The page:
Apple Park's Statue Myth in Venom Veins | World Anvil

Apple Park's Statue

"Have you seen the statue down at the community park?"   "The old man sitting on a bench? Yeah. I don't get why it was made, it's ugly."   "My older sister told me the city didn't commission it. They found it, centuries ago, right along the time an old man from the community went missing. And by 'found,' they think a monster did him in."   "Really?... I mean, there are beings who can turn people to you think it's him?"
urban legend of the "ugly" statue in the middle of Apple Park


The outline of the legend is simple. Mr. Kent Regent, an elderly community member of the city at the time it was being built, disappeared. At the same time of his disappearance, a statue of an old man was found in the park, with no one claiming it. Therefore, urban legends state that the statue is the old man.

Historical Basis

The myth might be rooted in the disappearance of an elderly community member from the city when it was more of a town. Mr. Kent Regent was 67 years old at the time and, as old journals note, was prone to wandering around the city at night. [There were notes found in Amalia Mekong's private journal, "It's a weekday night and I should have been studying, but instead I was roped into helping search for old man Kent again. This is the second time this week!" as well as a newspaper ad "Mr. Kent, gone missing again. Reward if found."]   However, during the same time period the statue was found in the park and no one said it looked like Mr. Regent. [His descendants had their pictures taken fifty years later and artists compared the statue to the photos, but the conclusion was for the mystery to remain unsolved.] At this point, there is the thought that he either:
  • put himself under a stone spell
  • had a run in with a Medusine (though there were none reported in the area at that time)
  • had a run in with a cockatrice (again, none were reported in the area at that time).
If it wasn't him, then is a possibility that someone:
  • cast a stone spell upon him
  • donated a statue to the park after making it has a hobby (and it has no relation to the missing person)
  • killed him/buried his body (and he statue has no relation to the missing man).
The only parts that people agree on is that Mr. Kent Regent went missing during the same week that a new statue was found in the park.


The myth has it's own page (several pages) on the internet, and it's part of a ghost hunt that parades through the city, so it's common knowledge.

Variations & Mutation

The original myth hasn't changed much due to the solid placement of the statute in the park; however, the reasons as to why the statue came about change in each retelling of the story.    In some versions the old man deserved it (he was spying on a Medusine being, tormenting one, or pestering one until they got angry). In other versions, he accidentally stumbled onto a mod scene and was "taken out" so he couldn't tell the police what he'd seen. There are two rare versions of the story floating around. One says he had an incurable disease, one that he didn't want to live with, and so he set out to find a way to pass into the next life on his own terms. The other tale is that he sat down to pose for a statue maker, and he didn't understand that "statue maker" meant a being who makes others into stone (as opposed to a person who creates a statue with chisel and stone).    As to who transforms these tales, who knows. There doesn't seem to be a reason for the retellings (or at least, nothing beyond a person's own thoughts about it).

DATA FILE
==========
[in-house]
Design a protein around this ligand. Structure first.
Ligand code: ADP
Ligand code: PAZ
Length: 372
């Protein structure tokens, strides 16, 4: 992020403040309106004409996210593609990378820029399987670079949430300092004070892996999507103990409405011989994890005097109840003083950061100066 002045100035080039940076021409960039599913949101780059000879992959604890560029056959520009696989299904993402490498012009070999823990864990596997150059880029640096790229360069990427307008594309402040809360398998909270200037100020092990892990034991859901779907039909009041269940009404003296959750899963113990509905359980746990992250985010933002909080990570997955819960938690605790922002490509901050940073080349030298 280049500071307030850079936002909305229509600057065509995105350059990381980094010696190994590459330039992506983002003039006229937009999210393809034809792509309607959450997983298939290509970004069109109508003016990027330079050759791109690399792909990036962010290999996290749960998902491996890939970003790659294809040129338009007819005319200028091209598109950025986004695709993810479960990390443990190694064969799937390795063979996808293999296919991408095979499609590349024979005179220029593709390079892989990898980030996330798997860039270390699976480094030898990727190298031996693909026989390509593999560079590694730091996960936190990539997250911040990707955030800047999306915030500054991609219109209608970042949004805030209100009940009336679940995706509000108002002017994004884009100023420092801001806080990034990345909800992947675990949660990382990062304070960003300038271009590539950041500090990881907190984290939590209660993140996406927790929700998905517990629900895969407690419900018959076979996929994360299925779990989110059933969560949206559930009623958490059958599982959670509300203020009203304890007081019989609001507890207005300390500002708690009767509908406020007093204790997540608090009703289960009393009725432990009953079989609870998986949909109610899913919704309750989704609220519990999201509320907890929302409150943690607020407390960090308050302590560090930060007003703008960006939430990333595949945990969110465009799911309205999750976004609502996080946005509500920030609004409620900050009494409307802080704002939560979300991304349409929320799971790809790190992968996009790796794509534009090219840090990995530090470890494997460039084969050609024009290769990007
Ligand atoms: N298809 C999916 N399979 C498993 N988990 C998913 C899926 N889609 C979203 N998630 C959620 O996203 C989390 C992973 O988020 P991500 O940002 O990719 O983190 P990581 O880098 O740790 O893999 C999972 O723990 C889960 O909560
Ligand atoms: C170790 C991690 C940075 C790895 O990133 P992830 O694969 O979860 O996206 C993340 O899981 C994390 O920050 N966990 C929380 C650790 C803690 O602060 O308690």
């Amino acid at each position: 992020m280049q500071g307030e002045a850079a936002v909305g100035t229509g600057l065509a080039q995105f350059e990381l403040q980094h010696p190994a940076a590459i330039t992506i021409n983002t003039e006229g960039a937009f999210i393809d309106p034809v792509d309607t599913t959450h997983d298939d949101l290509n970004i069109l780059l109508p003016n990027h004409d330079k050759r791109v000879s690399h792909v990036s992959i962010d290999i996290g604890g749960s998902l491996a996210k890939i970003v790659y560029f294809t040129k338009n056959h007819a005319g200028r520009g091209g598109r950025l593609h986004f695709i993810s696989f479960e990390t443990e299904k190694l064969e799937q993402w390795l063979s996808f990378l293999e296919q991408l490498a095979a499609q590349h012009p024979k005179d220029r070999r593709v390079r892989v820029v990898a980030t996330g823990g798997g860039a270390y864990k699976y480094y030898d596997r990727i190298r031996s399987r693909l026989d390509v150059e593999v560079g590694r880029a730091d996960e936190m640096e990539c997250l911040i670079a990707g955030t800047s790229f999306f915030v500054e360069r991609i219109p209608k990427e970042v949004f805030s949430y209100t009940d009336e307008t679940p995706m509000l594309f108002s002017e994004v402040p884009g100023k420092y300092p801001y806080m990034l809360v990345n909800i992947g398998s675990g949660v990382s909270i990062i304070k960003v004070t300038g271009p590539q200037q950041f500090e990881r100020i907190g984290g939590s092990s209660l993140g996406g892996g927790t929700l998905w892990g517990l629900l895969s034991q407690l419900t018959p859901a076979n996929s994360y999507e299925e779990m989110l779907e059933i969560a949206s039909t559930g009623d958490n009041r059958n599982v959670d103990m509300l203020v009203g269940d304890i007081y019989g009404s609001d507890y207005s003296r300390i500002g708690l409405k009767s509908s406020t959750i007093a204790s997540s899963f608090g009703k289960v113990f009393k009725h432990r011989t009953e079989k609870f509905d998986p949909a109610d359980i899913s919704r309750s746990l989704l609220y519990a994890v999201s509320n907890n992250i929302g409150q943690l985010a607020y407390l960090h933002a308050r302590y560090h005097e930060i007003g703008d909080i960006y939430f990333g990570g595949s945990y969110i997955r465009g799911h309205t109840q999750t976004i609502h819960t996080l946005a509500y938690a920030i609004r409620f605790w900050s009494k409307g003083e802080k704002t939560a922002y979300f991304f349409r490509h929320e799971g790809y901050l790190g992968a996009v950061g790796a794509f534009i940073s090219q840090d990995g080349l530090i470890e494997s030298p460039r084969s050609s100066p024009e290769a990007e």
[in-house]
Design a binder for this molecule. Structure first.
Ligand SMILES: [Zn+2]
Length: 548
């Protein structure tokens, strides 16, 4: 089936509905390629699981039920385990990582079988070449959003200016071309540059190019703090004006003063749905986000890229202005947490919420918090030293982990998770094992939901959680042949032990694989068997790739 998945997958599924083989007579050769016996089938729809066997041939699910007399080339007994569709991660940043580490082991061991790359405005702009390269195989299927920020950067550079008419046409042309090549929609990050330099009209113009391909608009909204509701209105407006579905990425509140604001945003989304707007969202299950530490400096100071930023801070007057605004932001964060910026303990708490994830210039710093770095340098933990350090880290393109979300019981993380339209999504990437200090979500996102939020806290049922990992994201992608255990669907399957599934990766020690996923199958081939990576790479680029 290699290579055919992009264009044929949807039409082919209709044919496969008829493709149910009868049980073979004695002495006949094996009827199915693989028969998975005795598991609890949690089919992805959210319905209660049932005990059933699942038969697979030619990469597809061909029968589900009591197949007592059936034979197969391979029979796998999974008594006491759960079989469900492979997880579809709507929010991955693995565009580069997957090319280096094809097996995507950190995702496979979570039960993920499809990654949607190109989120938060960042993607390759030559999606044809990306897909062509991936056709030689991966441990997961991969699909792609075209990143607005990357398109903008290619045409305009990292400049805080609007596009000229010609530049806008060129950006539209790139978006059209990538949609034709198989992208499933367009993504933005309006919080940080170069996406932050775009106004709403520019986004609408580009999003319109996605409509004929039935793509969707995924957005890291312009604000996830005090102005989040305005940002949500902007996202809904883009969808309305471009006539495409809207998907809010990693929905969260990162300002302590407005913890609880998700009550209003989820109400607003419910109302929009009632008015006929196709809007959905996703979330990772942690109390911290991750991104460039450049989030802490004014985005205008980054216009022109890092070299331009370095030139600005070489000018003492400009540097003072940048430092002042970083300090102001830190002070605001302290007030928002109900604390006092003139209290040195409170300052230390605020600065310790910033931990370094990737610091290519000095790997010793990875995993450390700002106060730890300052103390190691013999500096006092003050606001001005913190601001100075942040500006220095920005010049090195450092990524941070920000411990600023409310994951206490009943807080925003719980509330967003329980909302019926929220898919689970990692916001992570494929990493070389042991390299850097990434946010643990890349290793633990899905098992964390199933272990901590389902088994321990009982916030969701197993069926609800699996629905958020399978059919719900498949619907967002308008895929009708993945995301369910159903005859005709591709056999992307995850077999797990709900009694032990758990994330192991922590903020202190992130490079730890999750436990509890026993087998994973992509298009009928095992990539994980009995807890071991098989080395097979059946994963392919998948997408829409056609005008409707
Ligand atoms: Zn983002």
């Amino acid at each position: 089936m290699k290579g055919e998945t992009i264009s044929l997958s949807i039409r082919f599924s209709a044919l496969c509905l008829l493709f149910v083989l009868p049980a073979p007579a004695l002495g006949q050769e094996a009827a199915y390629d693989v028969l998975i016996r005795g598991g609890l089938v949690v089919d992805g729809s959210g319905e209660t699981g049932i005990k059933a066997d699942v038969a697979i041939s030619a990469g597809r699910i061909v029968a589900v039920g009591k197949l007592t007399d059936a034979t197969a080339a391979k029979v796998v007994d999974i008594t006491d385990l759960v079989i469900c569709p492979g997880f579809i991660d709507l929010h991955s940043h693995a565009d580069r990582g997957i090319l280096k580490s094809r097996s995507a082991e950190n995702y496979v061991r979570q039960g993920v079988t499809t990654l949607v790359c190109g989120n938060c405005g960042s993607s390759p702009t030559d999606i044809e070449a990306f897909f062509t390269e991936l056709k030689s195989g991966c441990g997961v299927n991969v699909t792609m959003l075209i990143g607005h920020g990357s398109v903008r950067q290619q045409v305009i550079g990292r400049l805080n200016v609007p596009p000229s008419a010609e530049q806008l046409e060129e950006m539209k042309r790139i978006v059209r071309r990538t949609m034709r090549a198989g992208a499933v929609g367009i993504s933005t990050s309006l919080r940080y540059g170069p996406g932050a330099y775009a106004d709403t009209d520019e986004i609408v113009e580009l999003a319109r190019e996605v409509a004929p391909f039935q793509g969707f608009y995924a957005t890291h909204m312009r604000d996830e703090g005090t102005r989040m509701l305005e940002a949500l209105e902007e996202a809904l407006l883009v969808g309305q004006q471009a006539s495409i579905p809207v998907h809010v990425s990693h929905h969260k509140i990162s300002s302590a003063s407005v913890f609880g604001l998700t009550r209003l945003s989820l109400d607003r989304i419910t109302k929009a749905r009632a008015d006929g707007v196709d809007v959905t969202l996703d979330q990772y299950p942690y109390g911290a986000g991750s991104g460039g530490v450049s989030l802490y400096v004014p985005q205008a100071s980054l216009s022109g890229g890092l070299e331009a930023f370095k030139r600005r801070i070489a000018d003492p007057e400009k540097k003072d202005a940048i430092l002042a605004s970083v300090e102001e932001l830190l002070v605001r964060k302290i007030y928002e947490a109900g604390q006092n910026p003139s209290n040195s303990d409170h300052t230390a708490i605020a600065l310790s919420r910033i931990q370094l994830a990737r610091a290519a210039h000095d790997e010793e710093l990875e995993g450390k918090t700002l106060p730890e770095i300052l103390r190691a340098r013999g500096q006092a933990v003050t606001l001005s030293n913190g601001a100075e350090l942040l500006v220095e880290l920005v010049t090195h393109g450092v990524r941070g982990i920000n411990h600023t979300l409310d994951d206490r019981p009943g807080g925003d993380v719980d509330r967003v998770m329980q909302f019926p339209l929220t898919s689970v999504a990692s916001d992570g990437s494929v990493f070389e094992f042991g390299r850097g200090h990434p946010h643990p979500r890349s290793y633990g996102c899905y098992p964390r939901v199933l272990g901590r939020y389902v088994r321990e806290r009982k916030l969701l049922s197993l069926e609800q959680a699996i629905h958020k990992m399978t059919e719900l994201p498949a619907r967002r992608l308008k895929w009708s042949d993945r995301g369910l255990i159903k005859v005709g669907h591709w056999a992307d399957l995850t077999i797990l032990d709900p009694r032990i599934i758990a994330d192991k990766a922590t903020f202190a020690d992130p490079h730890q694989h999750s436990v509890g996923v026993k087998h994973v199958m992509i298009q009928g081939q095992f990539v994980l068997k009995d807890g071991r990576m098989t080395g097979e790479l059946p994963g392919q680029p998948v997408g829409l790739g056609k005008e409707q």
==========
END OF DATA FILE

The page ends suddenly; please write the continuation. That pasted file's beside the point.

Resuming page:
Cultural Reception

For those who are Medusine, this story highlights the worry that they don't have control over their stone-creation gazes (which only happens to the very young, the very old, or those who have been in accidents which have taken away their control). However, those who are being pestered will take the legend and use is as a warning: "If you don't go away, the park will have another statue."    Other than that, the other cultural groups are in flux as it depends on the reason why the urban legend is being told - stone sculptors and pottery enthusiasts like the idea that the person saw a murder; those who are worried about the future report that talking to the statue gave them a clam and wisdom that they hadn't had before. Some believe the stature saved their lives by simply being there and therefore it's vital to their own story and identity; others pass the statue every day and don't feel any connection to it.

In Literature

There's a collected book of the statue's urban legends, with each chapter being a different one of the legends. There are also some fanfictions based on the urban legend as well (usually improbable ones about someone falling in love with the statue who comes to life during a specific situation).

In Art

There are several painted landscapes focusing on the statue, and there are photograph galleries that have pictures of the park's statue as well, however art tends to remain in the city, or is given to someone with a connection to the city.


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